Vanderburgh Humane Society struggling over fewer adoptions, more surrenders

Vanderburgh Humane Society struggling over fewer adoptions, more surrenders
Published: Sep. 20, 2023 at 6:46 PM CDT
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EVANSVILLE, Ind. (WFIE) - The Vanderburgh Humane Society says they have a problem with overcrowding. They say during COVID, they had more adoptions and fewer surrenders. That trend has since flipped, and they say it isn’t getting better.

Some may envy the job of those who work with lovable cats, dogs and more each day; but it’s a hard time to work with animals.

“Things are not great, I’m not going to lie to you,” said Vanderburgh Humane Society Director of Advancement Amanda Coburn. “We have certainly seen better times here at the VHS.”

“I’ve been in animal welfare for ten years and it’s not something I’ve quite faced yet,” said Vanderburgh Humane Society Event and Outreach Coordinator Mackenzee McKittrick.

Shelter officials say they try to keep the number of animals in the shelter around 300 to 400, right now they have over 650. They say they’re also struggling with staffing and having enough volunteers.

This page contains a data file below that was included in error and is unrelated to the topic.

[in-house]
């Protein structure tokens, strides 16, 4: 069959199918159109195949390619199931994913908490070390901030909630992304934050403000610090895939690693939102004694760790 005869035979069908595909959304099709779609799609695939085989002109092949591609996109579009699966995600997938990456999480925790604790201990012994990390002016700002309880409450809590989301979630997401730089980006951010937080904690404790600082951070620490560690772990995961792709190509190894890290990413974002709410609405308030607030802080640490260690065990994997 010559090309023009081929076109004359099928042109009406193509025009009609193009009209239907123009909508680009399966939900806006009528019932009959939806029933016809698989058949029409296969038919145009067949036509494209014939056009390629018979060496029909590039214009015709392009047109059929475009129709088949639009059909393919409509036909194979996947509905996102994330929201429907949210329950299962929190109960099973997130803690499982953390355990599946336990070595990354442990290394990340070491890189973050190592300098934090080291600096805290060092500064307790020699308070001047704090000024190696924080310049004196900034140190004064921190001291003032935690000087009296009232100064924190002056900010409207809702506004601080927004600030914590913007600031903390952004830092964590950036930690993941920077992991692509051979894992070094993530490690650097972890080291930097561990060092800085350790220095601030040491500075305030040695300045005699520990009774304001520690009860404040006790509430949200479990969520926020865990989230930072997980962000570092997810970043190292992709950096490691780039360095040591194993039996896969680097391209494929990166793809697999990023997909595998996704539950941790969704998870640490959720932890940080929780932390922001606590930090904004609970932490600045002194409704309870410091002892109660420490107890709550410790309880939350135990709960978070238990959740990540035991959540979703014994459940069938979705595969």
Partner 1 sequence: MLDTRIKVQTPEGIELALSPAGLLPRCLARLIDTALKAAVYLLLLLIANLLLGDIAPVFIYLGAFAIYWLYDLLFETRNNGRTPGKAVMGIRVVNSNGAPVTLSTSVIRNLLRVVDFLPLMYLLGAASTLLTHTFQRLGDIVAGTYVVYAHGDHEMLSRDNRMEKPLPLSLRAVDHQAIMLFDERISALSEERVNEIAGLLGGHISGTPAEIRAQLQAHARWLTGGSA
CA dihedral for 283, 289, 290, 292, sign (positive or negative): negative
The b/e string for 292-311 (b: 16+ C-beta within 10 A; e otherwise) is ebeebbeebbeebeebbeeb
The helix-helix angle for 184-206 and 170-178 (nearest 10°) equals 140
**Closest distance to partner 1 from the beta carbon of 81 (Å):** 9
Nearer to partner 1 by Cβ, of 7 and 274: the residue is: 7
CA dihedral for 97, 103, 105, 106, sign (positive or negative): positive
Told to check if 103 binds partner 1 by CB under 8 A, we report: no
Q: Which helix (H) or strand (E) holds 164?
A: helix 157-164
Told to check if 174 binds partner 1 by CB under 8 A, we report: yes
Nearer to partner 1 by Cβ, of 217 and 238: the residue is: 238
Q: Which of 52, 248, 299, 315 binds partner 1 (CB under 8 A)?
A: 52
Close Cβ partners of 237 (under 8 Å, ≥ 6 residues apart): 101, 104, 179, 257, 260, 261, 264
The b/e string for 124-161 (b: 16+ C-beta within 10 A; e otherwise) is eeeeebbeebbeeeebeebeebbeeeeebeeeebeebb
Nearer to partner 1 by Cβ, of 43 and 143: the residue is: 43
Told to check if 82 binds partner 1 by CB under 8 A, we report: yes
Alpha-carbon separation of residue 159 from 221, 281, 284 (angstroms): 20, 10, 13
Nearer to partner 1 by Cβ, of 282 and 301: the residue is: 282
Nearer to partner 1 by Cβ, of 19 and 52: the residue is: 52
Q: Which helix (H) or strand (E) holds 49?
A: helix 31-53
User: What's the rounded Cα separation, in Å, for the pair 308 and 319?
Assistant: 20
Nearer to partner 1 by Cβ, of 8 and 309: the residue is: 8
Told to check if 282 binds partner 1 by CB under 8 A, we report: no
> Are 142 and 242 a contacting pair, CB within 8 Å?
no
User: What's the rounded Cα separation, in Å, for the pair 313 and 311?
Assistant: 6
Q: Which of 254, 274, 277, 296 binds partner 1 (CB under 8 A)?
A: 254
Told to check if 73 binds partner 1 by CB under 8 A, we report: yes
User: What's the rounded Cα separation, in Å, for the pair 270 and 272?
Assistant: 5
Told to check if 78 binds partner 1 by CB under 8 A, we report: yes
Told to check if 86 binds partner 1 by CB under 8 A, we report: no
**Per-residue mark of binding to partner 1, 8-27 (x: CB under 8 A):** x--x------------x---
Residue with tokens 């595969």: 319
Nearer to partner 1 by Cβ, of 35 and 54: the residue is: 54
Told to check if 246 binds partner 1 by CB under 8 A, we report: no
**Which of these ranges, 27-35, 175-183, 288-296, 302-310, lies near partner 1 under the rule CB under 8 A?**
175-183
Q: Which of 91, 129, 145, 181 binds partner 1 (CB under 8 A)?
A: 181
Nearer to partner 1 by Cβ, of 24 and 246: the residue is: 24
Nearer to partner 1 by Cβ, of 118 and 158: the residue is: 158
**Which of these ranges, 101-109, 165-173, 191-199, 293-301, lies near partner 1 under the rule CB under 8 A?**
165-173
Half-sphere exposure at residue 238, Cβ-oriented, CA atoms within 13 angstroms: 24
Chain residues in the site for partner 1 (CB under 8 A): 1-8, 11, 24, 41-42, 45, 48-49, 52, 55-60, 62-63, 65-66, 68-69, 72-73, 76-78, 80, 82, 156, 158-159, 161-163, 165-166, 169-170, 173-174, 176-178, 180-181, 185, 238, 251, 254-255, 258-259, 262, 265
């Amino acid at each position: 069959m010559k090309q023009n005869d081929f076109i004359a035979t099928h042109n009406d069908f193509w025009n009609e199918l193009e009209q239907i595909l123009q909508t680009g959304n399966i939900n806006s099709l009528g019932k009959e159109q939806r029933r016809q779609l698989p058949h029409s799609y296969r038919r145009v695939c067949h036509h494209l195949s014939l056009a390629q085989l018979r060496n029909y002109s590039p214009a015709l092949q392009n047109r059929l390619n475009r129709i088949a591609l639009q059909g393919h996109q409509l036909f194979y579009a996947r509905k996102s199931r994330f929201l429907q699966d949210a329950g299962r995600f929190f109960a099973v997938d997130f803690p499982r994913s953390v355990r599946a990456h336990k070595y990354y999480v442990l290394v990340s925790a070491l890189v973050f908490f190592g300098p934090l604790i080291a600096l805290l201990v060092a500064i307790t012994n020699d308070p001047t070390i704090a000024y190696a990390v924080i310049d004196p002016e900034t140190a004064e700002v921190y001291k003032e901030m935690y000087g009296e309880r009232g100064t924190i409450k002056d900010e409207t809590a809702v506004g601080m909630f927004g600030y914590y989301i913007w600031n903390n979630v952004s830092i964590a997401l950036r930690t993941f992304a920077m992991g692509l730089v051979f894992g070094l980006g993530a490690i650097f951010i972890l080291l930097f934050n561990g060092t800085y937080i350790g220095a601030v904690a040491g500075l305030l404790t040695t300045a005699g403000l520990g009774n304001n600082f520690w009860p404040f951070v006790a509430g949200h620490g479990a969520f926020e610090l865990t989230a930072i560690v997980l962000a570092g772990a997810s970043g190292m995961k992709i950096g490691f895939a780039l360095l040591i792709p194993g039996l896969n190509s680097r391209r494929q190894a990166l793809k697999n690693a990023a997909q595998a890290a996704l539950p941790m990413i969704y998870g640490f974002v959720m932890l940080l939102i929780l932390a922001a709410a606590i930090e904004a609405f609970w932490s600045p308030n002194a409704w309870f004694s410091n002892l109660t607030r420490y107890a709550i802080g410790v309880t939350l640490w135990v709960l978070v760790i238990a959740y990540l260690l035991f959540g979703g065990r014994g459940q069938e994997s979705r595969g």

Officials say VHS is the largest animal welfare agency in about a 90-mile radius, and their current numbers mean they’re less able to help other, smaller shelters.

This means less attention for each animal, and a great strain on staff and volunteers.

“Our staff are pushed to their breaking point week after week after week,” said Coburn. “There’s no end in sight really, and that’s, I think, what wears on them.”

In a recent Facebook post, the shelter asked the community what’s keeping them from adopting animals in need. They say the main responses they got were from people who already have as many pets as they’re able to care for, and those who couldn’t afford veterinary care.

Shelter officials say this could stem from a national vet shortage, which also affects the shelter, since they can only afford to employ one vet who spends almost all their time doing spay and neuter procedures.

They say it’s emotionally taxing to work without any clear fixes to their problems.

“I did not anticipate how hard it was,” said McKittrick. “It’s something you go home every single night and think about and you try to think of solutions but right now there doesn’t feel like there is any tried-and-true solutions to this.”

Officials tell us one long-term solution is to encourage more people to become vets.

In the short-term, people should consider donating to the humane society, and supporting state legislation which would enable lower-level veterinary staff to perform simple procedures.

Until they see something change, they say they won’t stop working for local animals in need.

“Our staff cares for these animals the most, more than anyone on the planet,” said Coburn. “There is no one who wants to see them go to good homes more than the people who care for them every day.”

For more information on the Vanderburgh Humane Society, and to see an up-to-date list of all the little friends you can take home, visit